Since September 2019, Bangladesh has restricted mobile-phone operators to limit 3G and 4G services in Rohingya camps
The World Health Organization (WHO) declared the COVID-19 outbreak to be a “controllable pandemic.” To control the pandemic, WHO experts recommend “social distancing” to prevent the spread of the disease and thus “flatten the curve” of infection.
But social distancing isn’t an option available to the more than one million Rohingya refugees living in densely populated camps in Bangladesh. The conditions of the camps and their tight living quarters cause these refugees to face a dangerously high risk of contracting and spreading the virus. To make matters worse, Rohingya are not allowed to leave the camps or move freely within them. The camps also lack access to sufficient water and sanitation—conditions that could worsen the spread of a communicable disease like the coronavirus, known as COVID-19.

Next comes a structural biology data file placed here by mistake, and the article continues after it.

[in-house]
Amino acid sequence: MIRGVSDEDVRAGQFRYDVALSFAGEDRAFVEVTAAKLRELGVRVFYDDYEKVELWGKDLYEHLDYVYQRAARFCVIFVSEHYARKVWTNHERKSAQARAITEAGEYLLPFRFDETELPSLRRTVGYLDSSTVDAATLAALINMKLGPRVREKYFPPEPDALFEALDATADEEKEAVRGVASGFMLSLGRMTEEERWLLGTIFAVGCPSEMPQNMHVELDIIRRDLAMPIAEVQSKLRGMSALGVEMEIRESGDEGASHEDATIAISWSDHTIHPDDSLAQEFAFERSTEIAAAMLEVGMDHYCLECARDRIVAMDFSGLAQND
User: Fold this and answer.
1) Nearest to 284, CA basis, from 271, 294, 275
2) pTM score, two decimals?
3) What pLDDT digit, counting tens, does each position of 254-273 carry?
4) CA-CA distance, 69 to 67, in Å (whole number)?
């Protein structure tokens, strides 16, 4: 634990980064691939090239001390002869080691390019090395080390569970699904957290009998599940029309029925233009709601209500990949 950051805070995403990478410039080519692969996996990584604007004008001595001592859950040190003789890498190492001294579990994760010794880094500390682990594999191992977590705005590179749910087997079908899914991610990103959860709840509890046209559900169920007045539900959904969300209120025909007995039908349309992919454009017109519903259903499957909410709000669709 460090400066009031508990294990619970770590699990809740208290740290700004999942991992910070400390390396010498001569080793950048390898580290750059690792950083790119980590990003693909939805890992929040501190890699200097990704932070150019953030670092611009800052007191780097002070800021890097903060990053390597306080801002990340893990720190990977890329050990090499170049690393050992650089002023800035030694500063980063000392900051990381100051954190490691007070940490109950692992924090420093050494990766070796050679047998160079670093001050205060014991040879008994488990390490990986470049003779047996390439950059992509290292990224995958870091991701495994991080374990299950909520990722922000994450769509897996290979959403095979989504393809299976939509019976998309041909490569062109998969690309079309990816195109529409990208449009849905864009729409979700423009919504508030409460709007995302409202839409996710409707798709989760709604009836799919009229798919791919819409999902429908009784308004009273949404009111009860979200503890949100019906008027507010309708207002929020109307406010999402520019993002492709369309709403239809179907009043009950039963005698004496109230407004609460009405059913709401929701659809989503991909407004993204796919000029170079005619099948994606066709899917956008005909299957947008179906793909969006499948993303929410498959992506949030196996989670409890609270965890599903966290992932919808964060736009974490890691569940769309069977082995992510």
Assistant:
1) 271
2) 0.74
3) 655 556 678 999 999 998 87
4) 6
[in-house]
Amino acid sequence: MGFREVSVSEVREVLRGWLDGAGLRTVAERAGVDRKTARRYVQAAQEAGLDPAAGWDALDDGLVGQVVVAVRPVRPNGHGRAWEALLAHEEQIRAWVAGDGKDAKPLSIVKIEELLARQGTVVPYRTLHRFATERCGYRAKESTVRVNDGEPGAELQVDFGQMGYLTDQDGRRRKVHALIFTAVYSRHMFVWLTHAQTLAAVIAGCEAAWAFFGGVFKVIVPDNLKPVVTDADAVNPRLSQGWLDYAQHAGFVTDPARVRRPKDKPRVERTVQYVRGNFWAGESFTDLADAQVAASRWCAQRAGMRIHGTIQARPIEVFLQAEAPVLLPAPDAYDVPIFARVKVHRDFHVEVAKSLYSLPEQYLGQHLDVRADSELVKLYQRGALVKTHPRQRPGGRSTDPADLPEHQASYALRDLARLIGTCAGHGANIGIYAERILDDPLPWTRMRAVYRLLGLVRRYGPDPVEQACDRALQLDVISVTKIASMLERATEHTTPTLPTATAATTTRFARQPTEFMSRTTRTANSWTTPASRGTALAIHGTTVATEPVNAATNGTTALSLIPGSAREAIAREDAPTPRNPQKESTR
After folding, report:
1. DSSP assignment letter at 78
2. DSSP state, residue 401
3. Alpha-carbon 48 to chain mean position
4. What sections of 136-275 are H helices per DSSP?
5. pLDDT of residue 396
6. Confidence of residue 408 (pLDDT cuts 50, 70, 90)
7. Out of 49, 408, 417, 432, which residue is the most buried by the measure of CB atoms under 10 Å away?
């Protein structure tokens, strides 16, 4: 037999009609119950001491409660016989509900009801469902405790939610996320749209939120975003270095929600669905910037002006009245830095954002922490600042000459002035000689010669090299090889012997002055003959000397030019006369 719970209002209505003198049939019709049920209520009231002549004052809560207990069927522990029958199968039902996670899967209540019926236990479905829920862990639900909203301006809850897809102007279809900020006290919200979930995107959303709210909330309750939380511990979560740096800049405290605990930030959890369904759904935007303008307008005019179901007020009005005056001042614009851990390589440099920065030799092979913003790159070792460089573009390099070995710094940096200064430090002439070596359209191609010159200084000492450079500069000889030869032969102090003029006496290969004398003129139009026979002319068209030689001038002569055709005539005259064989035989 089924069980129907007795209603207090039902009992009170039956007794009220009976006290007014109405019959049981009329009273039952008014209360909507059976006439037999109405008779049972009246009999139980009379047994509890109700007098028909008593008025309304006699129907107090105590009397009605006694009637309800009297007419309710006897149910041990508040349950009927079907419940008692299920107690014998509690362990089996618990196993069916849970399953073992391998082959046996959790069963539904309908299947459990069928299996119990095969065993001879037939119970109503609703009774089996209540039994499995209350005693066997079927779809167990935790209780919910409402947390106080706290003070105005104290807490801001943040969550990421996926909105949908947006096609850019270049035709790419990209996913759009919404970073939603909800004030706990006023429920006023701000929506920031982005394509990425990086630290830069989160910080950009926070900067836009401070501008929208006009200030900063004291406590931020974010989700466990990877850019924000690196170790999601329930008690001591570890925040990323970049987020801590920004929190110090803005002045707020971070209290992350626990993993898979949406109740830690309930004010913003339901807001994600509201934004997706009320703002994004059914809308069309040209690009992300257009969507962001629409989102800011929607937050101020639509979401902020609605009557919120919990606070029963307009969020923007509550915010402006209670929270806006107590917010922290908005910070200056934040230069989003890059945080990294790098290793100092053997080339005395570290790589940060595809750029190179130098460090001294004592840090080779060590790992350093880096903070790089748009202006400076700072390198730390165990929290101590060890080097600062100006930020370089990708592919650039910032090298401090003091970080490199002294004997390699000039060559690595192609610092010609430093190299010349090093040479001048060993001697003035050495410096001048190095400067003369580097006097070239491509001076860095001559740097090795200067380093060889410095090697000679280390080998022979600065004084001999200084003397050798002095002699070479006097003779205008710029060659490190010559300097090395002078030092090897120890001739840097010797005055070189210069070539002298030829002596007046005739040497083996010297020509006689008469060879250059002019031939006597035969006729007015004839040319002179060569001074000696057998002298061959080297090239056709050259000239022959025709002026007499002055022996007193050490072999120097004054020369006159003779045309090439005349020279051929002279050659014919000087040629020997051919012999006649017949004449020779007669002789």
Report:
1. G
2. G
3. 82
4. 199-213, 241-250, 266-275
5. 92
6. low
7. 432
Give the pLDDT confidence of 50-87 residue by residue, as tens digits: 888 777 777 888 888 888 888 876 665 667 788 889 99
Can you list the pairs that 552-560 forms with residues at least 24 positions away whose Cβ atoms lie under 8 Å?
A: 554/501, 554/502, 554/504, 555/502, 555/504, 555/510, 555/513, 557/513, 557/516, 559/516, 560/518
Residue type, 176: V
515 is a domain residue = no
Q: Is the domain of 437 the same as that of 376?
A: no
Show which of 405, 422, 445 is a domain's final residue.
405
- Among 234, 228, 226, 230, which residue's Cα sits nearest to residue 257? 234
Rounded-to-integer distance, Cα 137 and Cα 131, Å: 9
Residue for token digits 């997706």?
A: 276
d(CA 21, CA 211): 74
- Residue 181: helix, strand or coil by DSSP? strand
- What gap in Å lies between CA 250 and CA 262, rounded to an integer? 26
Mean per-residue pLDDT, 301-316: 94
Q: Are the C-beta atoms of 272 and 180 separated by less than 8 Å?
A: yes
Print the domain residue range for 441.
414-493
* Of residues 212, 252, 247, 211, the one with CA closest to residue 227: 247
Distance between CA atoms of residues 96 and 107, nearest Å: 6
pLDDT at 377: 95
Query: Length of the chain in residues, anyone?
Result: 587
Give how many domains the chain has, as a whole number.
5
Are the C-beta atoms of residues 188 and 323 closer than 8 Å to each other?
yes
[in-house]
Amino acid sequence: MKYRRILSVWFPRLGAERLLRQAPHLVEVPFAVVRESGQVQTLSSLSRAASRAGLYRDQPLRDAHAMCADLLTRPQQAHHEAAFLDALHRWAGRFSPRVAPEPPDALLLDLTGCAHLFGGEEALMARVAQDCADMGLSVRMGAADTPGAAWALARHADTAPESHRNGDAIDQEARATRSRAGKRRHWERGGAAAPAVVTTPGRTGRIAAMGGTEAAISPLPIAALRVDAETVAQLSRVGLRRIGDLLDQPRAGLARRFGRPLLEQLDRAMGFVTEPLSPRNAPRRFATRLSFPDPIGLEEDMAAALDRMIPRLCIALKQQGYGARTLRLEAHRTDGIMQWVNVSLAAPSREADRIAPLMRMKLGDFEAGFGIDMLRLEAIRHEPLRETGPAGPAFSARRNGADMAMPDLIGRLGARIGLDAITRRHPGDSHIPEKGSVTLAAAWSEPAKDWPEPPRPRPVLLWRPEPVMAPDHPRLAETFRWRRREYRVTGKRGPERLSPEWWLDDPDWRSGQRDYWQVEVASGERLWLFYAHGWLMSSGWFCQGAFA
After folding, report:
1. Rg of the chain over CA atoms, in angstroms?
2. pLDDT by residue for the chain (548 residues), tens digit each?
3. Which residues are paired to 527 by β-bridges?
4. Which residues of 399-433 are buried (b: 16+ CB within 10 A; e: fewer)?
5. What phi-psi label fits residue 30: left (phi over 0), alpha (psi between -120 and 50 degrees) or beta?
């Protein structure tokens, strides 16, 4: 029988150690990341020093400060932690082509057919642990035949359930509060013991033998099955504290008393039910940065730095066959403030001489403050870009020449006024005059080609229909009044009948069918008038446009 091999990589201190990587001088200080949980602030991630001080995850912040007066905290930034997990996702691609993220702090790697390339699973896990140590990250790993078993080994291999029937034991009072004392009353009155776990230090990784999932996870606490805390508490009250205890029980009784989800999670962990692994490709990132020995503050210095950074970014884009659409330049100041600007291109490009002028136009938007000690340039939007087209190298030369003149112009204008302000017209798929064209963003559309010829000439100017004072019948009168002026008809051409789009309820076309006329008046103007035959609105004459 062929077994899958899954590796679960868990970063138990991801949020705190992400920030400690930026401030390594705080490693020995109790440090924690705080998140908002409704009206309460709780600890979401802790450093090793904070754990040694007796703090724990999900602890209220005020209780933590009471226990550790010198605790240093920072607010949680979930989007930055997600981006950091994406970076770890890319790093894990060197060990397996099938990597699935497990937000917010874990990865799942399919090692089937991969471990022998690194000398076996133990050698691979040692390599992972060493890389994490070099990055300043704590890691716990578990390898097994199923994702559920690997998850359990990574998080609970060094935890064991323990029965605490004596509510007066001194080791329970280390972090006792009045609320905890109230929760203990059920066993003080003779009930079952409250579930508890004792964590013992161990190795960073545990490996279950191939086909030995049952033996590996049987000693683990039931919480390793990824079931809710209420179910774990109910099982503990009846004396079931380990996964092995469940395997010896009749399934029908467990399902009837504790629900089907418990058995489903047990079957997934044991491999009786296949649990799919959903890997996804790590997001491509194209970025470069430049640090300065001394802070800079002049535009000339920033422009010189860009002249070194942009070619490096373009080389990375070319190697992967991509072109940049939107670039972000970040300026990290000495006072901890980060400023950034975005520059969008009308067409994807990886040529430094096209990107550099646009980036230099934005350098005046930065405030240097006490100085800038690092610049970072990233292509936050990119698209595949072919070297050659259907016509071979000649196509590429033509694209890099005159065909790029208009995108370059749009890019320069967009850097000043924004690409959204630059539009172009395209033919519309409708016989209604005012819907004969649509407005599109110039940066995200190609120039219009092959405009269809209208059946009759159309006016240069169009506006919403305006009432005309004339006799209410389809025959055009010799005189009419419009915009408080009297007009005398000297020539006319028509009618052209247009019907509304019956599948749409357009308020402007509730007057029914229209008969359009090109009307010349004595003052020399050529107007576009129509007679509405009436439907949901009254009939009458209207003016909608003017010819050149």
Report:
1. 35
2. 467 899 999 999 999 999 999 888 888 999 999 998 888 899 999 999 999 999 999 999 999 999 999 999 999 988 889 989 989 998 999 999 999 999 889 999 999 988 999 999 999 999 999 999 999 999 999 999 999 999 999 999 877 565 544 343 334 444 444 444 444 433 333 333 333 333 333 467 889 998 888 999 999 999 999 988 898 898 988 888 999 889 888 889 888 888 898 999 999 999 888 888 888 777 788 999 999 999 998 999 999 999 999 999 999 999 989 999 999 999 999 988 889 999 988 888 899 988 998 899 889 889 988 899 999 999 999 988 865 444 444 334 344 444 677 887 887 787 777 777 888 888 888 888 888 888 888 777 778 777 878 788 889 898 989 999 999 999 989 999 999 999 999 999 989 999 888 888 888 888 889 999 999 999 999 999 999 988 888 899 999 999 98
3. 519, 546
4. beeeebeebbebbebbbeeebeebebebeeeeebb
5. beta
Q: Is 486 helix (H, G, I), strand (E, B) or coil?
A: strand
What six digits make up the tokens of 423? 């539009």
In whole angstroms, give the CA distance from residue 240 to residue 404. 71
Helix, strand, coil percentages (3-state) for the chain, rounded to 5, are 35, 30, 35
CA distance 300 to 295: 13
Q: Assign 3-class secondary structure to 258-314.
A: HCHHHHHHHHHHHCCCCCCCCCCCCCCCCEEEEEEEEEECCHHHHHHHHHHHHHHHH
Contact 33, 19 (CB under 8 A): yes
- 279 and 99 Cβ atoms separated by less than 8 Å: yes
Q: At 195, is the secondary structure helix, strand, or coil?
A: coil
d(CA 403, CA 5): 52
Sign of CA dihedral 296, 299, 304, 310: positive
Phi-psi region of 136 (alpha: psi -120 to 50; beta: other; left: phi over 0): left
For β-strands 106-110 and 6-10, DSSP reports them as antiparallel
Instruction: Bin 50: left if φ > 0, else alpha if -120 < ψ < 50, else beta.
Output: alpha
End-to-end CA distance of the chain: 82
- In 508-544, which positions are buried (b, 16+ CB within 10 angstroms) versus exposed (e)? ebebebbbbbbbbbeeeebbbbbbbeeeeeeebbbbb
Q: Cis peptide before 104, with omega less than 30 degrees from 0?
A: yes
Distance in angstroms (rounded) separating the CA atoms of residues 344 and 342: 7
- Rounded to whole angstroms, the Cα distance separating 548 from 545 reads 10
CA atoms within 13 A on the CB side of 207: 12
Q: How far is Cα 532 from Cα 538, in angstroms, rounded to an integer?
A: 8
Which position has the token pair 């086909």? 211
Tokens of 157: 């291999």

Bangladesh has confirmed more than 45 cases of coronavirus infections—with the first confirmed case in Cox’s Bazar District where the Rohingya live in one of the largest refugee settlement in the world. If COVID-19 reaches the camps, it is likely to spread like wildfire. To keep refugees safe, it is paramount that Bangladesh provides Rohingya refugees with access to the internet, mobile communications, and information about the pandemic.
But Bangladesh is doing just the opposite. Since September 2019, Bangladesh has restricted mobile-phone operators to limit 3G and 4G services in the camps. Bangladesh authorities have gone even further than just cutting mobile-phone communication: My colleagues and I at Fortify Rights have documented how authorities have prohibited the use of mobile phones in the camps and are confiscating them from Rohingya refugees.